The differential distance instrument was strongly associated with receipt of partial nephrectomy (chi-squared test, p<0.001); patients living closer to a partial nephrectomy provider were more likely to receive this treatment (Figure 2). This relationship persisted in a multivariable model that adjusted for all measured patient characteristics (F-statistic = 97.3). Furthermore, in a standard proportional hazards survival model, we observed no independent association between the instrument and overall survival (HR 1.03, 95% CI 0.99-1.07). Taken together, these findings suggest strongly that differential distance satisfies the two principal conditions for a valid instrument.
The two-stage residual inclusion model estimates based on this instrument indicate that patients treated with partial nephrectomy had a significantly lower likelihood of death than those treated with radical nephrectomy (HR 0.54, 95% CI 0.34-0.85). We found no difference in kidney cancer-specific survival between treatment groups (HR 0.82, 95% CI 0.19-3.49). Figure 3 presents model-predicted survival probabilities for patients treated with partial versus radical nephrectomy. The predicted survival improvement for patients treated with partial nephrectomy was 5.6 (95% CI 1.9-9.3), 11.8 (95% CI 3.9-19.7), and 15.5 (95% CI 5.0-26.0) percentage points at 2-, 5-, and 8-years following surgery, respectively. This corresponds to a number needed to treat of 18, 9, and 7 patients at 2-, 5-, and 8-years post-treatment, respectively. In other words, treating 7 patients with partial rather than radical nephrectomy would avoid one death during eight years of follow-up.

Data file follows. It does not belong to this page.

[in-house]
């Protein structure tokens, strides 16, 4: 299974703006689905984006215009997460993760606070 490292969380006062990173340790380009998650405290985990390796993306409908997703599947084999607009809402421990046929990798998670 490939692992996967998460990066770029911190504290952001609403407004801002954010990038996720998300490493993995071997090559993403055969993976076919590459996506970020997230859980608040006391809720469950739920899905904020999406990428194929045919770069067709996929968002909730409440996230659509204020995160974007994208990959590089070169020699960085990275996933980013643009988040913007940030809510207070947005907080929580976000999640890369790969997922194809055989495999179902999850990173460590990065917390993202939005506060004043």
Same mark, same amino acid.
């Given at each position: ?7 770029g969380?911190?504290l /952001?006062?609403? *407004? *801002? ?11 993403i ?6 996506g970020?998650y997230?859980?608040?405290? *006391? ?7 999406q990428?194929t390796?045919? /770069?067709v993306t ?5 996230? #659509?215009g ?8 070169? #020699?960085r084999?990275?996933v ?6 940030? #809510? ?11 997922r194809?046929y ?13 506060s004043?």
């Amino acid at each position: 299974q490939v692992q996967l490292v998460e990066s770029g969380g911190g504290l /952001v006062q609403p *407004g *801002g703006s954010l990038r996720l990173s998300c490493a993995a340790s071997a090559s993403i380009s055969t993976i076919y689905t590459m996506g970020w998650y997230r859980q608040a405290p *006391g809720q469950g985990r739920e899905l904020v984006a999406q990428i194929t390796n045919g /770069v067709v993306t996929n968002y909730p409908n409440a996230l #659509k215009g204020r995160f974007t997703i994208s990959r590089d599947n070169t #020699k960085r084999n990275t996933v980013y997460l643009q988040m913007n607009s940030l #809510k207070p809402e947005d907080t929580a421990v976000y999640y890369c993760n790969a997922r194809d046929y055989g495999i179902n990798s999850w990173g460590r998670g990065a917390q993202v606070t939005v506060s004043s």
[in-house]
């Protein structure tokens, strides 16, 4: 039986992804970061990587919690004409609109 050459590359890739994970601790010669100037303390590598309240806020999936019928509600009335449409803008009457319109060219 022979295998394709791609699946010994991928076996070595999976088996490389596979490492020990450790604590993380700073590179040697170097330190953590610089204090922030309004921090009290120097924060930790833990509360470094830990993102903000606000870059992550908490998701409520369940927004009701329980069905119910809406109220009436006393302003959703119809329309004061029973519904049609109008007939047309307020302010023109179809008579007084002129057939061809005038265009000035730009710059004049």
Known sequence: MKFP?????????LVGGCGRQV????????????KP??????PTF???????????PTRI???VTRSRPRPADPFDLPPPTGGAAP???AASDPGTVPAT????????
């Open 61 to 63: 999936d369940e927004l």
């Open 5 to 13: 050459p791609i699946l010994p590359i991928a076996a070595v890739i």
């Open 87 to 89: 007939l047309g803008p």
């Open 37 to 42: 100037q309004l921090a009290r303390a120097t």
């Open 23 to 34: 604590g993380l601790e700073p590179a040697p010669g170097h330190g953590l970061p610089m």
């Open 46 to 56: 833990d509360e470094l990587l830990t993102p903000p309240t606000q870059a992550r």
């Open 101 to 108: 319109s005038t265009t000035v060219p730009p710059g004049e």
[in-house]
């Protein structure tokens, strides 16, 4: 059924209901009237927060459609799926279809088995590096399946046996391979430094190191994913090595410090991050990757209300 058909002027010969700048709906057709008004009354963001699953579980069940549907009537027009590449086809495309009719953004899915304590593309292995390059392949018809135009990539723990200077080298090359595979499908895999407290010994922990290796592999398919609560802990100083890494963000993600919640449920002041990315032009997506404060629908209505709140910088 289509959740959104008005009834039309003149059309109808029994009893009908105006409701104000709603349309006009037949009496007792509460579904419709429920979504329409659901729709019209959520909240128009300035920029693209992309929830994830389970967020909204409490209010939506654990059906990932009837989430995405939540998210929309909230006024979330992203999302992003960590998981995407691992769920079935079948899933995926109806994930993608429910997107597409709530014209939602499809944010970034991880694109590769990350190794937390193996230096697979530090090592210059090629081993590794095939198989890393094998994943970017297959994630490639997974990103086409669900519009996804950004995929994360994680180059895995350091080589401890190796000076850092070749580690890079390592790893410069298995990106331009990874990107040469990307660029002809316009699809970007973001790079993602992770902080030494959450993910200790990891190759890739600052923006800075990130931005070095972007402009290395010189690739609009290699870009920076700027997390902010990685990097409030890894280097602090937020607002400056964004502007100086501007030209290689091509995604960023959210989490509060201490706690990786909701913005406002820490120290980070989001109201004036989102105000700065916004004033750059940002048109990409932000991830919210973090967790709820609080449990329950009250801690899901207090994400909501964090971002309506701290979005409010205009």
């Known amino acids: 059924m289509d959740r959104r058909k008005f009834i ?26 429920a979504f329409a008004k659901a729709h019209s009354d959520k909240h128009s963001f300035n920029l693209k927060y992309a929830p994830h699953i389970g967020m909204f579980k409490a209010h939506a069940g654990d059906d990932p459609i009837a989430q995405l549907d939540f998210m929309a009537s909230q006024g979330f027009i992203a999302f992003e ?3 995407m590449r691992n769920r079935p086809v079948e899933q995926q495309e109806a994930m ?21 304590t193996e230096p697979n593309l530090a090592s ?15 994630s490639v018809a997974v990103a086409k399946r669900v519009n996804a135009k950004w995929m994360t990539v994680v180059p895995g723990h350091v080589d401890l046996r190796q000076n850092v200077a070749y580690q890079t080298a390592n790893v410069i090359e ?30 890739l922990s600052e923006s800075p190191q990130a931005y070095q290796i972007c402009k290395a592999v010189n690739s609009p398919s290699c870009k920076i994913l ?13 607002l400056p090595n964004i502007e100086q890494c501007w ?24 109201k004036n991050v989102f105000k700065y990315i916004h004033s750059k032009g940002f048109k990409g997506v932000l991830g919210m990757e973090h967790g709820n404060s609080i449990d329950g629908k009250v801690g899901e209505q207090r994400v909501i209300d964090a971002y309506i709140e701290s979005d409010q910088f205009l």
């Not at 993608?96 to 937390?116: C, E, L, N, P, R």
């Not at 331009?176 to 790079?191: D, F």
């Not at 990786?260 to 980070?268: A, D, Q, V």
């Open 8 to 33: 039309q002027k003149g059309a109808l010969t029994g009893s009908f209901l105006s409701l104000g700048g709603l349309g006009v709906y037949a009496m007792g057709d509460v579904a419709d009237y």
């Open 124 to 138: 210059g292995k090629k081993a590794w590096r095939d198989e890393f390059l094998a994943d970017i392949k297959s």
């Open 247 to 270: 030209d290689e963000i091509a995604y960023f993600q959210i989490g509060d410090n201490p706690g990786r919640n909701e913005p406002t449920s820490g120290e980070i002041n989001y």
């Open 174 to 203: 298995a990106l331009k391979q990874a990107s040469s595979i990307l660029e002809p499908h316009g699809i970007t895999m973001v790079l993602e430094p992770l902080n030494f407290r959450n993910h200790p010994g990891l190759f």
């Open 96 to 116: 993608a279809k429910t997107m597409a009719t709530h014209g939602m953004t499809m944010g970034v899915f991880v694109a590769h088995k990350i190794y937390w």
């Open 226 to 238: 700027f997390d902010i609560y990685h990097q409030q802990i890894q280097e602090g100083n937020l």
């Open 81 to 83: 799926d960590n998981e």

In subgroup analyses, we observed that the survival benefit associated with partial nephrectomy may be greatest for patients younger than 75 years of age, and for those with a Charlson comorbidity index score of 1 or higher. Our findings did not change substantively when we limited our sample to patients with renal cell carcinoma, those living in urban settings, and patients treated in more recent years (Table 2).